Watching campaign commercials is truly a chore – nearly as torturous as watching the Phillies try to hit with men on base – but since I get paid to do things like that, I doubled down late last week by going online and picking eight favorite ads from around the nation. I critiqued them in a Sunday newspaper column.
One of those ads warrants a few more words, however. I find myself fascinated by the Republican front group that had the temerity to urge Nevada Latinos not to vote in the Reid-Angle Senate election – or, as the ad itself put it, “Don’t vote this November.”
And some attention must be paid to the Pennsylvania TV ad that makes creative use of canine excrement. More on that ad in a moment. But first, let’s ponder the historic nature of the “don’t vote” commercial. If only Niccolo Machiavelli was alive today to weigh in.
Univision, the Latino broadcast network, has understandably decided not to air this stirring cry for civic irresponsibility, so henceforth the ad will live online only. But, as I mentioned in the Sunday column, it’s at least refreshing to see the Republicans stand up publicly for voter suppression – a tactic that in the past they have generally employed under the radar.
There was a classic dust up during the ’80s, when the Republican National Committee was hauled into a New Jersey court for various voter suppression tactics. The RNC got some off-duty law enforcement officials to stand at minority polling places; the party also financed some posters, which were put up in minority communities, warning that it was a crime to violate election laws. Ultimately, after being taken to court, the RNC was compelled by a consent decree to knock it off.
Meanwhile, in states where Republican officials run the election process (Florida 2000 and Ohio 2004, to cite only two), it’s amazing how often the minority precincts report shortages of voting machines, and an unusually large number of lost or discarded ballots. Currently, the Justice Department is investigating reports that “poll watchers” with ties to a Texas tea party group have intimidated early voters in the Houston area; all the affected polling places are in Latino and black neighborhoods.
So let’s put our hands together for this Republican front group, which is cleverly titled Latinos for Reform. At least it’s transparent; the group knows it has no shot at winning over the fastest-growing ethnicity in the electorate, so why not just urge them to stay home (thereby lowering Harry Reid’s vote tally)? Honesty is to be applauded. But that’s the extent of my praise, because the ad makes it case for voter suppression by floating an argument that instantly evaporates when exposed to the rigors of reality.
Robert de Posada, the brains behind the operation (he’s a former national director of Latino outreach for the GOP, and he has ties to tea-party astroturf leader Dick Armey), essentially said in the ad (via a narrator) that Latinos in Nevada should forgo voting in order to protest the Democrats’ failure to enact path-to-citizenship immigration reform:
“President Obama and the Democratic leadership made a commitment that immigration reform would be passed within a year. But two years have gone by – and nothing. Not even a vote in Congress.”
Gee. I wonder why two years have gone by without any movement toward immigration reform. Might that failure be somehow related to the fact that the Senate Republicans, in hock to their conservative base, have consistently blocked all efforts at enacting a path to citizenship?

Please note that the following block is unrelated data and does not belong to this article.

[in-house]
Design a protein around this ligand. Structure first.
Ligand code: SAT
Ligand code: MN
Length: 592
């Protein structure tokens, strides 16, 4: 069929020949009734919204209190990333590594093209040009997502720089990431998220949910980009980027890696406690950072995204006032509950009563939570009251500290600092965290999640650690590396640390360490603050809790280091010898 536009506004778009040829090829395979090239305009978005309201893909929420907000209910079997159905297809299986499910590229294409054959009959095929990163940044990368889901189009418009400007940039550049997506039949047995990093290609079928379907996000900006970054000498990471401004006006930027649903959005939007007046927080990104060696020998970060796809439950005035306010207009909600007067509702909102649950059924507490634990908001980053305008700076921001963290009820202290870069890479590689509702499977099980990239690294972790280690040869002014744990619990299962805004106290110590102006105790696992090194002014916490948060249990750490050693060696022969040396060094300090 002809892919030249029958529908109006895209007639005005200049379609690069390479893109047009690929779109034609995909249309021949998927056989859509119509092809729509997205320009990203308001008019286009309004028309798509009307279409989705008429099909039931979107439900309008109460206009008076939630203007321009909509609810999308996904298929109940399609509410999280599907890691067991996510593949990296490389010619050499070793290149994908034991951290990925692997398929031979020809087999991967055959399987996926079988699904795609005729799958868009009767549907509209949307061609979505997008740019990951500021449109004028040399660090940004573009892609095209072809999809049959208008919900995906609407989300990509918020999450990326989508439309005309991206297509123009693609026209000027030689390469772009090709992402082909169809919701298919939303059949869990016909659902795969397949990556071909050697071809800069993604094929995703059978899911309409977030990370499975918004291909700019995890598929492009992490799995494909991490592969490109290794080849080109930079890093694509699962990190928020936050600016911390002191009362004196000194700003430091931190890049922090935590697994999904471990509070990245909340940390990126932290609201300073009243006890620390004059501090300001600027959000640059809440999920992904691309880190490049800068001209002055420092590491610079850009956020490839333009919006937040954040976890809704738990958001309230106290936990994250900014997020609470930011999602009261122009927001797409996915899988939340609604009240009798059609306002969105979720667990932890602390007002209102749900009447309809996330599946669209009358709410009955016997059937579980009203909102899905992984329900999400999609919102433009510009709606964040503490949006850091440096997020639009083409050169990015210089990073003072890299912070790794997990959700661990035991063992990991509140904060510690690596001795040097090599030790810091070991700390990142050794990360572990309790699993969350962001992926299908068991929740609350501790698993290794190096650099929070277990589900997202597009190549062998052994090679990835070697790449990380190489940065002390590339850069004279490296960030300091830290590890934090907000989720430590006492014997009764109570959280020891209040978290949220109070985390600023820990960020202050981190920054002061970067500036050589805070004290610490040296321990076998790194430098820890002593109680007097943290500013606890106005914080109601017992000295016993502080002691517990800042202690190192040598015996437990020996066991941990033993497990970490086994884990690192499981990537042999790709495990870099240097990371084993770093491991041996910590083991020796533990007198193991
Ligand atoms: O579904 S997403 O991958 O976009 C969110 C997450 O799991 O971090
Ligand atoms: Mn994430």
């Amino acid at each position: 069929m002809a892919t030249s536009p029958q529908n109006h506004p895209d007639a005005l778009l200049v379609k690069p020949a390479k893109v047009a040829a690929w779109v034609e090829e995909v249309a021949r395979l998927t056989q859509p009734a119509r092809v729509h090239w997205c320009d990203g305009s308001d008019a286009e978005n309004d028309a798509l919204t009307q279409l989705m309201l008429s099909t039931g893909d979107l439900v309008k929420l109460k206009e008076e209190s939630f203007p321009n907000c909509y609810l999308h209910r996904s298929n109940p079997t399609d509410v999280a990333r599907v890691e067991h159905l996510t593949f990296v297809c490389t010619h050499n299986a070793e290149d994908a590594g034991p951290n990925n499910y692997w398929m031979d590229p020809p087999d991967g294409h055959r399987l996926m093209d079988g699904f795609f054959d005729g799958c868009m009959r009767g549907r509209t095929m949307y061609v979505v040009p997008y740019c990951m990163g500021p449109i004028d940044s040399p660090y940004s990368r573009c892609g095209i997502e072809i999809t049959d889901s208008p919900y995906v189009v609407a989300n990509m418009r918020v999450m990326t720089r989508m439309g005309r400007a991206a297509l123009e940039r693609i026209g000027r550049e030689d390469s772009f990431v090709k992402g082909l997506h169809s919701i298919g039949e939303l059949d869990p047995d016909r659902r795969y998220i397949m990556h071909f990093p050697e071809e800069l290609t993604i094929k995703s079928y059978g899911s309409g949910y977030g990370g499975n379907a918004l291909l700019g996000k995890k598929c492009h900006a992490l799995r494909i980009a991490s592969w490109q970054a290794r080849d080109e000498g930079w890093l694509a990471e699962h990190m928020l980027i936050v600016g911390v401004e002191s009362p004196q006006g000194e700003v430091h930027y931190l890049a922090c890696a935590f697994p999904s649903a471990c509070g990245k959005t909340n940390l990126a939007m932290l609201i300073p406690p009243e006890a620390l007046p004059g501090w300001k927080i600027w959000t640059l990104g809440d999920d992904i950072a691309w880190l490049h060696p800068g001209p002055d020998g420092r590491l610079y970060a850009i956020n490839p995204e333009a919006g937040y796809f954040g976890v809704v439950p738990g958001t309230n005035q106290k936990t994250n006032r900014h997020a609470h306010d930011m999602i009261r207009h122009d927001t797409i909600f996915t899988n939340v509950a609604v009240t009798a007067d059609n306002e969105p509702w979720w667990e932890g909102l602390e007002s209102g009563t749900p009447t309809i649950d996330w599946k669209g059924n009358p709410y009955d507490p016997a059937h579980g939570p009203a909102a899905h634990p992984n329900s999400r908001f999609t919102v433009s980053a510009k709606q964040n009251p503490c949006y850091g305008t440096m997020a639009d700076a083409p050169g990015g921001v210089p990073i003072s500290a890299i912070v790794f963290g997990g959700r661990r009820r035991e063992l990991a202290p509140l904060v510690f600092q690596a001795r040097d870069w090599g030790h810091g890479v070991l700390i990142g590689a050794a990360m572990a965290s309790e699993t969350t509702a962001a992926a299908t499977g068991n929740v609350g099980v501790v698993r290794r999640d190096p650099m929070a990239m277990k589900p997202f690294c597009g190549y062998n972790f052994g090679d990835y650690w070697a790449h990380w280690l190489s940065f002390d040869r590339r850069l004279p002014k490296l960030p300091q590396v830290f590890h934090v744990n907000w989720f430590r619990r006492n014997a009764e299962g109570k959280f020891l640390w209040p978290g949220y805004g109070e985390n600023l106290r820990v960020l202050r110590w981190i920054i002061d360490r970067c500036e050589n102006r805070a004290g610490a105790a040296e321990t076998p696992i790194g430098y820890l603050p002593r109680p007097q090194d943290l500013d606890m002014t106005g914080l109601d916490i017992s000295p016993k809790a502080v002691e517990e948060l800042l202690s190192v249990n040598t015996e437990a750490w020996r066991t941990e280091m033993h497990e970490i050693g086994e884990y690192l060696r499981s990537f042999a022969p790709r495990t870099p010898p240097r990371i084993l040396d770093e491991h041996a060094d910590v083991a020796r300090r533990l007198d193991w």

And is it not a fact of recent history that the conservative base thwarted President Bush back in 2006, when he sought to get immigration reform enacted? The base is so vocal on this issue that it also humbled John McCain, to the point where that longtime reform advocate dumped his old stance (2007: “I think the fence is least effective”) in order to grovel and pander to the right (2010: “Complete the dang fence”).
Hence the game plan to suppress the vote of 12 percent of the Nevada electorate: Block the Democrats’ reform efforts in Congress, then persuade Latino citizens that they should blame the Democrats by boycotting the election. Reid’s opponent, tea-partier Sharron Angle, did put out a tut-tut statement last Wednesday – “No ad should ever discourage voters from voting, or expressing their opinions at the ballot box” – but that was just a good-cop pose, intended to buttress the bad cop’s message.
Machiavelli is not returning calls for comment, but I believe he would be proud.
Meanwhile, here’s an ad that didn’t make the cut in my column:
People love their dogs. They often soften when politicians invoke their dogs. FDR got kudos back in 1944 when he humorously chided Republicans for attacking not just him, but his dog Fala (“I don’t resent attacks, and my family doesn’t resent attacks, but Fala does resent them…his Scotch soul was furious”). And Richard Nixon famously saved his nascent national career in 1952 by invoking his dog Checkers.
And now we have Pennsylvania Senate candidate Joe Sestak, exhibiting not just his dog Belle, but Belle’s bagged waste as well: “My family loves Belle. But she can make a mess, and my family has to clean it up.” Metaphor alert? Yes. “I had to clean up the mess left behind by these guys (photos of George W. Bush and opponent Pat Toomey). They let Wall Street run wild. Now Pat Toomey’s attacking me for cleaning up his mess.” At which point Sestak brandishes the bag.
This widely aired ad probably offends many voters, especially those who watch TV while eating; on the other hand, this ad may be partly responsible for Sestak’s success in erasing Toomey’s poll lead. First, it humanizes Sestak (who is sometimes faulted for being robotic and insufficiently user-friendly); and, more importantly, it synthesizes the anti-Republican message that cowering Democrats have long been struggling to articulate. Successful ads are visceral; sometimes you just have to give people the straight poop.